Porous liquid discovery leads to new spin out company

March 30, 2018, Queen's University Belfast

Scientists at Queen's University Belfast who invented a liquid that can dissolve remarkably large amounts of gas, have launched a new spin out company Porous Liquid Technologies Ltd.

The experts took the product from technology demonstration to commercialisation in less than three years.

Originally, the researchers had targeted applications in large scale industrial separations for their new liquid materials but the product is already attracting interest in a number of other applications such as in medical diagnostics and household products.

The project team, which includes experts from the School of Chemistry and Chemical Engineering at Queen's, along with colleagues at the University of Liverpool, published their initial findings in 2015 but have since been carrying out further research to increase the yield and effectiveness of the porous liquids.

Professor Stuart James from the School of Chemistry and Chemical Engineering at Queen's University is a co-founder of the new company. He said: "Porous liquids are a new class of liquid that contain microscopic cavities or pores, each the size of a single molecule. They contain up to 10,000 times the number of cavities that are found in conventional liquids, and up to around 20 per cent of the liquid is actually empty space – creating new substances with a far greater absorption capacity than the base solvents.

"Thanks to these cavities, porous liquids can absorb large amounts of gas and they can be tuned to selectively absorb one gas over another. The major benefit of porous liquids is that, unlike solids, they can be circulated, meaning that they can be applied in a host of processes. They can be used in continuous flow separations, such as the removal of impurities from natural gas, which currently relies on inefficient and energy-intensive methods.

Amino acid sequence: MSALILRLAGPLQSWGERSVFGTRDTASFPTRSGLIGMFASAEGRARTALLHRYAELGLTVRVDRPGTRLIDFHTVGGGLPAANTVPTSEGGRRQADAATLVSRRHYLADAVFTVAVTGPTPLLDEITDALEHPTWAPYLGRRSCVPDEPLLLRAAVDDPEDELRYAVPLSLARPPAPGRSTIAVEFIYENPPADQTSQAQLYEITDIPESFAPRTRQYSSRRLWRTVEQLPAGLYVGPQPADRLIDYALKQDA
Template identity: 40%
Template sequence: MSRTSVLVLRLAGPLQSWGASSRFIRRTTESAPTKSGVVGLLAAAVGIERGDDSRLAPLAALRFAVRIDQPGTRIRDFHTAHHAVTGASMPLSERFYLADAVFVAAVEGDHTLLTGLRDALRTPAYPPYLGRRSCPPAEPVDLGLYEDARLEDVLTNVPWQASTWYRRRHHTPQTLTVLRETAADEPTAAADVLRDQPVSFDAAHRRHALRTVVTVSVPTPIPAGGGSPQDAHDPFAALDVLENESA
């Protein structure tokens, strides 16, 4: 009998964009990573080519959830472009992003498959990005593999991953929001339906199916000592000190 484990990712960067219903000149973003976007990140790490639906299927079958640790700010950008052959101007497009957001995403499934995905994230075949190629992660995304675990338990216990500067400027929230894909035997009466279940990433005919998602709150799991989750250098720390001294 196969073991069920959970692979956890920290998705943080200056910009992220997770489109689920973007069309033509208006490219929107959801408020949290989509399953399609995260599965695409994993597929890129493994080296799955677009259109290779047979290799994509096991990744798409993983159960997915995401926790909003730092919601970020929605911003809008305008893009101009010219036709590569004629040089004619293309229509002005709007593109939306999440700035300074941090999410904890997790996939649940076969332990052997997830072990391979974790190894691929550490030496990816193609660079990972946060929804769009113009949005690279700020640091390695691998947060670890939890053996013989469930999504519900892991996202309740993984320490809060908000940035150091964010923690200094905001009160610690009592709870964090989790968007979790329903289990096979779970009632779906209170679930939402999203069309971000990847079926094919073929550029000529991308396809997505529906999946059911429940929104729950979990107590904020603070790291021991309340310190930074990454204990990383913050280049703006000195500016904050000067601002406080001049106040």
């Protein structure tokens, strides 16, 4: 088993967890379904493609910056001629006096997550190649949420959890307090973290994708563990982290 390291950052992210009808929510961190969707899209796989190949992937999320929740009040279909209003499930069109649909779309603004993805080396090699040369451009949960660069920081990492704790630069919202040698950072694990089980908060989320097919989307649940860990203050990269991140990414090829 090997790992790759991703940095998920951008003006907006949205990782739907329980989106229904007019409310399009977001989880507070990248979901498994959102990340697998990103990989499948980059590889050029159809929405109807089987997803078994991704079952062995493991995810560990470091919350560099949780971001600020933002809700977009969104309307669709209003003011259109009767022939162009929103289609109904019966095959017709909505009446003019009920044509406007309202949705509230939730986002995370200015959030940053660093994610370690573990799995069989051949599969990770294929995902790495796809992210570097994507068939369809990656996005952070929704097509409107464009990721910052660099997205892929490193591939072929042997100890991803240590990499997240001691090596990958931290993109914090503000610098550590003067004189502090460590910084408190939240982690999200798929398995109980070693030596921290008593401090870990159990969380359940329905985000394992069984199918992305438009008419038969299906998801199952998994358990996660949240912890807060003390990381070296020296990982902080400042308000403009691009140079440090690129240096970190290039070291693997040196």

"Porous liquids could be used as replacements for absorption systems based on conventional liquids, such as amine solutions. Currently, 40 per cent of natural gas reserves are contaminated with impurities that need to be removed but the existing for removing the impurities requires large amounts of heat energy. The new material would be much more energy efficient."

A patent examination process is underway for the core material. QUBIS, the commercialisation arm of Queen's University, has invested in the new spin out company Porous Liquid Technologies Ltd. which will explore a broad range of technological applications.

Explore further: First 'porous liquid' invented

Related Stories

First 'porous liquid' invented

November 11, 2015

Scientists at Queen's University Belfast have made a major breakthrough by making a porous liquid - with the potential for a massive range of new technologies including 'carbon capture'.

Recommended for you

Targeting 'hidden pocket' for treatment of stroke and seizure

January 19, 2019

The ideal drug is one that only affects the exact cells and neurons it is designed to treat, without unwanted side effects. This concept is especially important when treating the delicate and complex human brain. Now, scientists ...

Artificially produced cells communicate with each other

January 18, 2019

Friedrich Simmel and Aurore Dupin, researchers at the Technical University of Munich (TUM), have for the first time created artificial cell assemblies that can communicate with each other. The cells, separated by fatty membranes, ...

Using bacteria to create a water filter that kills bacteria

January 18, 2019

More than one in 10 people in the world lack basic drinking water access, and by 2025, half of the world's population will be living in water-stressed areas, which is why access to clean water is one of the National Academy ...

Hand-knitted molecules

January 18, 2019

Molecules are usually formed in reaction vessels or laboratory flasks. An Empa research team has now succeeded in producing molecules between two microscopically small, movable gold tips – in a sense as a "hand-knitted" ...

This computer program makes pharma patents airtight

January 17, 2019

Routes to making life-saving medications and other pharmaceutical compounds are among the most carefully protected trade secrets in global industry. Building on recent work programming computers to identify synthetic pathways ...


Please sign in to add a comment. Registration is free, and takes less than a minute. Read more

Click here to reset your password.
Sign in to get notified via email when new comments are made.